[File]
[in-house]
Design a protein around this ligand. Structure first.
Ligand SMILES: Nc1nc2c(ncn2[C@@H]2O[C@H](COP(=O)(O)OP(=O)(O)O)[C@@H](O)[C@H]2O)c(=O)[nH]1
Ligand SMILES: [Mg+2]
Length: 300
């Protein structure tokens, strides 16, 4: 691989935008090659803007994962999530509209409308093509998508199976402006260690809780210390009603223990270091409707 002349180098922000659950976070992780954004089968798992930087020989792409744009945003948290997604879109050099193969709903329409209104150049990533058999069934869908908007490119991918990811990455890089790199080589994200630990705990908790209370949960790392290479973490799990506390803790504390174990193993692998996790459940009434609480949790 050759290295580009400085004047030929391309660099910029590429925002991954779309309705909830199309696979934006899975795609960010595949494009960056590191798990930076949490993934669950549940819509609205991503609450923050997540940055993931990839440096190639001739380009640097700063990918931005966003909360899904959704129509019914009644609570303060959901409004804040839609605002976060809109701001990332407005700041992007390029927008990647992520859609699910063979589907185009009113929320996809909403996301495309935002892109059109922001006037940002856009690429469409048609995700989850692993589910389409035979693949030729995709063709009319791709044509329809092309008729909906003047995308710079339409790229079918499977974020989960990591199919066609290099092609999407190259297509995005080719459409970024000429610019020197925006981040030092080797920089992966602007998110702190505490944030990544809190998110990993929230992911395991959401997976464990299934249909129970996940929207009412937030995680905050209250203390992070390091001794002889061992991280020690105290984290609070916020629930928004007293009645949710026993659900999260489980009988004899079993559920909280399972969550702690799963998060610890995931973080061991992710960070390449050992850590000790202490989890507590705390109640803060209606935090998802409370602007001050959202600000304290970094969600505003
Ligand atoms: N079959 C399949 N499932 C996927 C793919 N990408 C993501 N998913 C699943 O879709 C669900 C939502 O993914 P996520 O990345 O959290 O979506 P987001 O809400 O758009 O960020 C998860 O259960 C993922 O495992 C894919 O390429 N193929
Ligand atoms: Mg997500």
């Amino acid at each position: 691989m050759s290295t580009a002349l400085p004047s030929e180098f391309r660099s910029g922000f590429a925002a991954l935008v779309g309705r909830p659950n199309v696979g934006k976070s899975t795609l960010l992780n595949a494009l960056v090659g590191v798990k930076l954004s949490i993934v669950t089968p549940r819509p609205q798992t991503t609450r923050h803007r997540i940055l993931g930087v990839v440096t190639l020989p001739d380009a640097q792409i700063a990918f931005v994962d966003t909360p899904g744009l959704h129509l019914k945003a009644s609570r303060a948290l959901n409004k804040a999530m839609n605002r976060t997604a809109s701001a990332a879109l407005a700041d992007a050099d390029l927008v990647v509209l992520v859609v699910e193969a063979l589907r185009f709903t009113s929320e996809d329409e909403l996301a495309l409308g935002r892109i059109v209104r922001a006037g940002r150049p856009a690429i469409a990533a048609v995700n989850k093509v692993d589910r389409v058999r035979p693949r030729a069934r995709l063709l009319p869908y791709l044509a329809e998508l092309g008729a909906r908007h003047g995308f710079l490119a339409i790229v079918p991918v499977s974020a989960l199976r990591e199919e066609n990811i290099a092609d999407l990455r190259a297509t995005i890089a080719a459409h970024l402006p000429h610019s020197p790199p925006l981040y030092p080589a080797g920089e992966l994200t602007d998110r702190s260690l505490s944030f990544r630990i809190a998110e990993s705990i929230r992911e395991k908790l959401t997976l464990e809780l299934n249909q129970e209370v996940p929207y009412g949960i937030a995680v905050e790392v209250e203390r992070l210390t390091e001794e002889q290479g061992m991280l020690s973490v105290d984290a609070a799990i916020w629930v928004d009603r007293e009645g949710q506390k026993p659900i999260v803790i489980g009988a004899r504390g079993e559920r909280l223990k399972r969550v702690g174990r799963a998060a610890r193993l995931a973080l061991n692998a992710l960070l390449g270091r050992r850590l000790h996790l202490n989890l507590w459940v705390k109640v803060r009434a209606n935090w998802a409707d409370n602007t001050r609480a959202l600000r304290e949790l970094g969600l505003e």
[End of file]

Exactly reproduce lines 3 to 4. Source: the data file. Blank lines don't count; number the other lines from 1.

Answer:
Ligand SMILES: Nc1nc2c(ncn2[C@@H]2O[C@H](COP(=O)(O)OP(=O)(O)O)[C@@H](O)[C@H]2O)c(=O)[nH]1
Ligand SMILES: [Mg+2]